Assisted living operators in Colorado may face increased fines and a requirement that all administrators be licensed if a state lawmaker has her way.
Sen. Jessie Danielson (D-Wheat Ridge) told CBS4 that she hopes to introduce a bill in next year’s legislative session that will “hold assisted living facilities accountable” following allegations of neglect and abuse. Although assisted living communities in Colorado are licensed, individual administrators and owners are not — something Danielson said she intends to address.
The Colorado Assisted Living Association said in a statement it supports the need for quality care and efforts to improve delivery of services.
“CALA will be reaching out in hopes of collaborating with Senator Danielson in her efforts; we are anxious to look at ways to avoid further incidents and ensure quality resident care in Colorado assisted livings,” the statement read.
In the last nine years, 27 out of the state’s 700 assisted living facilities have closed.
“CALA would like that number to be zero, but we believe those numbers demonstrate a high standard of care here in Colorado,” CALA President Nicole Schiavone, R.N., said in a statement.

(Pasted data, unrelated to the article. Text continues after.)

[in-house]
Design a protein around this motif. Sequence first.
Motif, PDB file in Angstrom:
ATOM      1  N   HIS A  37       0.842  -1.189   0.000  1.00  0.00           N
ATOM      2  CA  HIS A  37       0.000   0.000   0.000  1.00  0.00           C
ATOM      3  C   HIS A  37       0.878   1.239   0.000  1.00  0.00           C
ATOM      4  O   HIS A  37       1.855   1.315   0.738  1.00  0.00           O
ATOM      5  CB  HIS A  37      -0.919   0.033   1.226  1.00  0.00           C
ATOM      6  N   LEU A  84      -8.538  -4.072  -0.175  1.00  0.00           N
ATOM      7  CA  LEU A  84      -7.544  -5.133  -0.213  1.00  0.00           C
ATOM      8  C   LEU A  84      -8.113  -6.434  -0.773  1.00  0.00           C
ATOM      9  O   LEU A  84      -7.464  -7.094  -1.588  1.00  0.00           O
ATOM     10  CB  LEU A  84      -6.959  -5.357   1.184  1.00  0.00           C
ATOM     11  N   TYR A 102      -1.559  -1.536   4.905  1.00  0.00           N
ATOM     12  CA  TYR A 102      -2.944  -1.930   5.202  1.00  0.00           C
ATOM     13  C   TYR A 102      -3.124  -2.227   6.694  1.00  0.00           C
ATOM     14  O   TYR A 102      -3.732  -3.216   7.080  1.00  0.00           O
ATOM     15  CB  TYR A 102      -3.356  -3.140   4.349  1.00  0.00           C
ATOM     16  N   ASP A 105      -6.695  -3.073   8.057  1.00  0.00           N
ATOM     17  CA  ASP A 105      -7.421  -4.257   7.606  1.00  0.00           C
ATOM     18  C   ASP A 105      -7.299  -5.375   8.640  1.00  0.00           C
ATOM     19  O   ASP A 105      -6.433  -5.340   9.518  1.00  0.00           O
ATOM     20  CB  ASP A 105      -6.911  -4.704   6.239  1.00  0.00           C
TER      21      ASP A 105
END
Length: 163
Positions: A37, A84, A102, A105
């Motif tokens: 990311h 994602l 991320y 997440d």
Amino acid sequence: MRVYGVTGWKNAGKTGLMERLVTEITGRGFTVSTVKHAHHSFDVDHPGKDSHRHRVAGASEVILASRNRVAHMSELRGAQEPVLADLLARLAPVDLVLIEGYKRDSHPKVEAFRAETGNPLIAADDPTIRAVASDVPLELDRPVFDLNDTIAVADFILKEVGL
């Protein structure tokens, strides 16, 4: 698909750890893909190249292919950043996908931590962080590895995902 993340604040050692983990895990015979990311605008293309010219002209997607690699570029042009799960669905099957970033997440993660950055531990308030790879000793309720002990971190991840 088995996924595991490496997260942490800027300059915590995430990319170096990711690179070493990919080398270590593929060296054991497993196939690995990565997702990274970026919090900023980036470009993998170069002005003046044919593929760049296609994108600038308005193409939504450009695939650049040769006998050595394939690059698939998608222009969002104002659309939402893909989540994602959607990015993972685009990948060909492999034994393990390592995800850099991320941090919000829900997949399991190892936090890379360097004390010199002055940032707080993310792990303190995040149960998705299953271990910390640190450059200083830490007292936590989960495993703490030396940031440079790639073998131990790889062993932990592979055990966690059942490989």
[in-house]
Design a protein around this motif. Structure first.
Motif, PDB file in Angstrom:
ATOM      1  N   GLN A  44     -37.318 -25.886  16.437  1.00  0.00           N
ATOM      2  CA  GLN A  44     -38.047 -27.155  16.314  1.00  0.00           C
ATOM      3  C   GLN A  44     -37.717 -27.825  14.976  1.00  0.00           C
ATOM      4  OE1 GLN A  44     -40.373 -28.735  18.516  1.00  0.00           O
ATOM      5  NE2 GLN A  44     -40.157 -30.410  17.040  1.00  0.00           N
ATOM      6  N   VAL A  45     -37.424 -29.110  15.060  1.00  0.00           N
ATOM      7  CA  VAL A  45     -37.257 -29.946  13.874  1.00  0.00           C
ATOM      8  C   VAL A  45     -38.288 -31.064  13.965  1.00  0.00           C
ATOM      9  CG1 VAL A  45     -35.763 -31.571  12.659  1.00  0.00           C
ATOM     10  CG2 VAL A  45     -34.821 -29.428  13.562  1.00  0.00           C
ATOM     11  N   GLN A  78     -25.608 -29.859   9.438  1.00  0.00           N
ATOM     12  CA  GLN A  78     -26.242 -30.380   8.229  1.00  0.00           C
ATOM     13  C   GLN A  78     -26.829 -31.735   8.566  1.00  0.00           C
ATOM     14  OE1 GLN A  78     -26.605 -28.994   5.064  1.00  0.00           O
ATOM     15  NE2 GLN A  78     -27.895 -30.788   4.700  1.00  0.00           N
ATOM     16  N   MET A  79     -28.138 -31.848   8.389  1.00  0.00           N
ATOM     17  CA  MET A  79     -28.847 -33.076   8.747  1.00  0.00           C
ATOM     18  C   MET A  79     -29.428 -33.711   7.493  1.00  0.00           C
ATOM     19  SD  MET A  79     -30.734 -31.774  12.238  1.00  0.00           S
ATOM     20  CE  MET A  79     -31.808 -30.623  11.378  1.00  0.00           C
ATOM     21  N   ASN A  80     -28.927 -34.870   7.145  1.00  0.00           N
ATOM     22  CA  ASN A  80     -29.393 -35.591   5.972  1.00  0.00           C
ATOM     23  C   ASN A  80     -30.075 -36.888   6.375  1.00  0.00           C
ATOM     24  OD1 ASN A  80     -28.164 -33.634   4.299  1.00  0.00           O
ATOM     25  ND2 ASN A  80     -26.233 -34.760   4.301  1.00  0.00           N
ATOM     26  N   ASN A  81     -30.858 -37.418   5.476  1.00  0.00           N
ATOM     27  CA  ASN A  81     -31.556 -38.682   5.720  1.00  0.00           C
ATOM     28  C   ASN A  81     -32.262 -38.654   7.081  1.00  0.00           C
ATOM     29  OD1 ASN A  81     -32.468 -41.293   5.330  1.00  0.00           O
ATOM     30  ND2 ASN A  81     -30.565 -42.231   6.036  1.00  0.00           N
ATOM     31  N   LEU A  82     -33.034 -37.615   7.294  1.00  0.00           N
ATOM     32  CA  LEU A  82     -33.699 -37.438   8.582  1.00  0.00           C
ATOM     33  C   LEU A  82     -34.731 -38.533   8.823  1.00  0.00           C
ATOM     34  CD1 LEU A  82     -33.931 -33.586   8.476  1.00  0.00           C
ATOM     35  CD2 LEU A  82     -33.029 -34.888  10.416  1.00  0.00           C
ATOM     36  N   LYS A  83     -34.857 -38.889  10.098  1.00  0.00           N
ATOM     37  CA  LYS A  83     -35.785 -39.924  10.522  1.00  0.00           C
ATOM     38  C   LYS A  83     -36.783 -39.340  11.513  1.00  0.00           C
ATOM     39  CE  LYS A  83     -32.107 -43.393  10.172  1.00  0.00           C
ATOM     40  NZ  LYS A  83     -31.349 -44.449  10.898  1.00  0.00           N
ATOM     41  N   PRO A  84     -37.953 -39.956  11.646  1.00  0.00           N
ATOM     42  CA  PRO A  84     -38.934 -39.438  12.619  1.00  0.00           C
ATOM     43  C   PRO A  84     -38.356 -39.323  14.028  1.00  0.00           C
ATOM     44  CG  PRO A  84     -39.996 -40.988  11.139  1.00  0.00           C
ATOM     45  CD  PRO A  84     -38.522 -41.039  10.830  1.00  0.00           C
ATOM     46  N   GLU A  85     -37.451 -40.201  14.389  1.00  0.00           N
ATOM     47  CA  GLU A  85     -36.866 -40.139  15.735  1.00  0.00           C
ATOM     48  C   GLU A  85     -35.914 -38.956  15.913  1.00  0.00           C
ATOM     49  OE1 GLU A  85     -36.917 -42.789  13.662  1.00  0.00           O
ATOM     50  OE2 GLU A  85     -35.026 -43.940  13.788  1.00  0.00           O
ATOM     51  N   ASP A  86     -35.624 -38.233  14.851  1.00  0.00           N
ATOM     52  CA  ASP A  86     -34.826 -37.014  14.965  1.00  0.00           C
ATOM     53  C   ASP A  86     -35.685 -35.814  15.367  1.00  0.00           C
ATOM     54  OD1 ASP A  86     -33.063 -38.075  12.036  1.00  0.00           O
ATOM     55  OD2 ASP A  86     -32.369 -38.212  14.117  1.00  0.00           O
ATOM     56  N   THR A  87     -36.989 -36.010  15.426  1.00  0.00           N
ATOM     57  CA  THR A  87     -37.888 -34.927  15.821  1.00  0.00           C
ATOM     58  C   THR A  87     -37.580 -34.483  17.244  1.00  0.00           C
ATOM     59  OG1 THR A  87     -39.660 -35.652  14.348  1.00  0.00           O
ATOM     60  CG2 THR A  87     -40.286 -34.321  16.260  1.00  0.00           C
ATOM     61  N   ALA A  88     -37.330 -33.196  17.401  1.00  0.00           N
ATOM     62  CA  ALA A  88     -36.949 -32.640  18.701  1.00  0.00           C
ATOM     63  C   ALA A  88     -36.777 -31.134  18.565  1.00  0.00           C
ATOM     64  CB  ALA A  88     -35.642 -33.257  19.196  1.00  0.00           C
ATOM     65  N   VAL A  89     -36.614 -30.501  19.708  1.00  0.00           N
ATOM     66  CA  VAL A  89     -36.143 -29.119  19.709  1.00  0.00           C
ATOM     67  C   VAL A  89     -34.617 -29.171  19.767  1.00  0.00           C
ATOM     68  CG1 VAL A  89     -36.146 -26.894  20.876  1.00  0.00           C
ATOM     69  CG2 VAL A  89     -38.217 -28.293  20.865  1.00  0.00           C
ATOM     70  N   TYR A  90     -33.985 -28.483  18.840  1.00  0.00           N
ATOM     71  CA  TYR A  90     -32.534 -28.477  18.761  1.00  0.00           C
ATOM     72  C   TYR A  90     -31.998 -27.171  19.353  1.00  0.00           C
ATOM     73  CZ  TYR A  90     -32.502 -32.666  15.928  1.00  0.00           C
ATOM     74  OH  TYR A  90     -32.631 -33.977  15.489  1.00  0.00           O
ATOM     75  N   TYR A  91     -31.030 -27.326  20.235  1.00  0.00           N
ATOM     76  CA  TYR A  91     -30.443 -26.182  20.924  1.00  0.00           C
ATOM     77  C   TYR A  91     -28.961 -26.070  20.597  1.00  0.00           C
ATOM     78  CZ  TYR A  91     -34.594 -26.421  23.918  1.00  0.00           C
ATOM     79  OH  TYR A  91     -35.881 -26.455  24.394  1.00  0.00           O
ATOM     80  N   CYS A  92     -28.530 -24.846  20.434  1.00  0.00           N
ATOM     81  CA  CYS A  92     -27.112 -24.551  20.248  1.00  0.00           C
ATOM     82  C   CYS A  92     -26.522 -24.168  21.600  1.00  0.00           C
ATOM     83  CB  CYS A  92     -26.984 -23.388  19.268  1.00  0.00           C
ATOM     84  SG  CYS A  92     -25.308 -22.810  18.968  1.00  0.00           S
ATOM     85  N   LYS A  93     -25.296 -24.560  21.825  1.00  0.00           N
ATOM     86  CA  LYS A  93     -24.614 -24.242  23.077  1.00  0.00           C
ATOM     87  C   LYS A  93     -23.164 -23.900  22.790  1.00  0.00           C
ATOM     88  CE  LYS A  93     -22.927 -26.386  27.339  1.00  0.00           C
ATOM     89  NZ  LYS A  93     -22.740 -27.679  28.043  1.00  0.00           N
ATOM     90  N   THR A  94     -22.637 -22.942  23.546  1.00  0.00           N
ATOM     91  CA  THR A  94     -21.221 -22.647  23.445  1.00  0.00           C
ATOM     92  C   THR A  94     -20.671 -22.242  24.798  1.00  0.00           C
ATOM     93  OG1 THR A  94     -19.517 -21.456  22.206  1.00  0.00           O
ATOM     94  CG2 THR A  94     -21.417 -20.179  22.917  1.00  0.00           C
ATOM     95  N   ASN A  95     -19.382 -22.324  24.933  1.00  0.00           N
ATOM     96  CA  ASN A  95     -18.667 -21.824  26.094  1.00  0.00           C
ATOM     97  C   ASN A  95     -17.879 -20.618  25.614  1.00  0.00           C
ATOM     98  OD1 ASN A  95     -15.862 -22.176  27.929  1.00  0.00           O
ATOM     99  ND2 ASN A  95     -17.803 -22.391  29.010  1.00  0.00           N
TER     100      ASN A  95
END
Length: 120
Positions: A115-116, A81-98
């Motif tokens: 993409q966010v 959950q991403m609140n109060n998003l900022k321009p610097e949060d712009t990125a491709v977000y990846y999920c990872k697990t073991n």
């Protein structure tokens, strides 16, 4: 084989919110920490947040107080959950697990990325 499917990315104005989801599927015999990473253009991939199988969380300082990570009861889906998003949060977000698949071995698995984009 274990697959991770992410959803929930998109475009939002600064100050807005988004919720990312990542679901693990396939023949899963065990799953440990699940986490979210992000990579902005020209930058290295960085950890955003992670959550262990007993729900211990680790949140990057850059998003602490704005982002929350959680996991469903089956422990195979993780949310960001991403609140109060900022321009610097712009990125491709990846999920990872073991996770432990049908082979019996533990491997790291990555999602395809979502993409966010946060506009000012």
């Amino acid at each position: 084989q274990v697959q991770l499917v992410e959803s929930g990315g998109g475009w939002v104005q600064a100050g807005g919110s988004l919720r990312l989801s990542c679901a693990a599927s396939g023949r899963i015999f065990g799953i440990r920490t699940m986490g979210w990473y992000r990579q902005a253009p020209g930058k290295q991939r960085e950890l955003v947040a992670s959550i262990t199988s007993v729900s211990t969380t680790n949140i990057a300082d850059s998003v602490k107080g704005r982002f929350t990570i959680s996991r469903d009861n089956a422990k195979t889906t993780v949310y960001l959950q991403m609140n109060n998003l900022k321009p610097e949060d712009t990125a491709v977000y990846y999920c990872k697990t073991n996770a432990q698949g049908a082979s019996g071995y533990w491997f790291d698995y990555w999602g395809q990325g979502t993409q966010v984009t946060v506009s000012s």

Danielson’s action is in response to the Colorado Department of Public Health and Environment’s suspension of Triangle Cross Ranch’s license to operate as an assisted living community in April. The state cited the community for “deliberate and willful violation” of public health, safety and welfare of its residents by not complying with public health orders to protect residents and staff from COVID-19, as well as allegations of abuse and neglect, not treating residents with dignity and respect, and not permitting the long-term care ombudsman access.
The state order alleged that the community and its administrators “pose a threat to the public health, safety and welfare” and required emergency action to close the community.
Along with licensing requirements, Danielson said she is seeking changes to the fine structure for violations. The maximum fine the state currently can impose for violations on assisted living communities is $2,000 per year, whereas nursing homes can be fined “tens of thousands of dollars” for violating federal regulations, according to the TV station.
Danielson told CBS4 that she plans to introduce a bill to provide the state with resources to strengthen enforcement efforts tied to current regulations.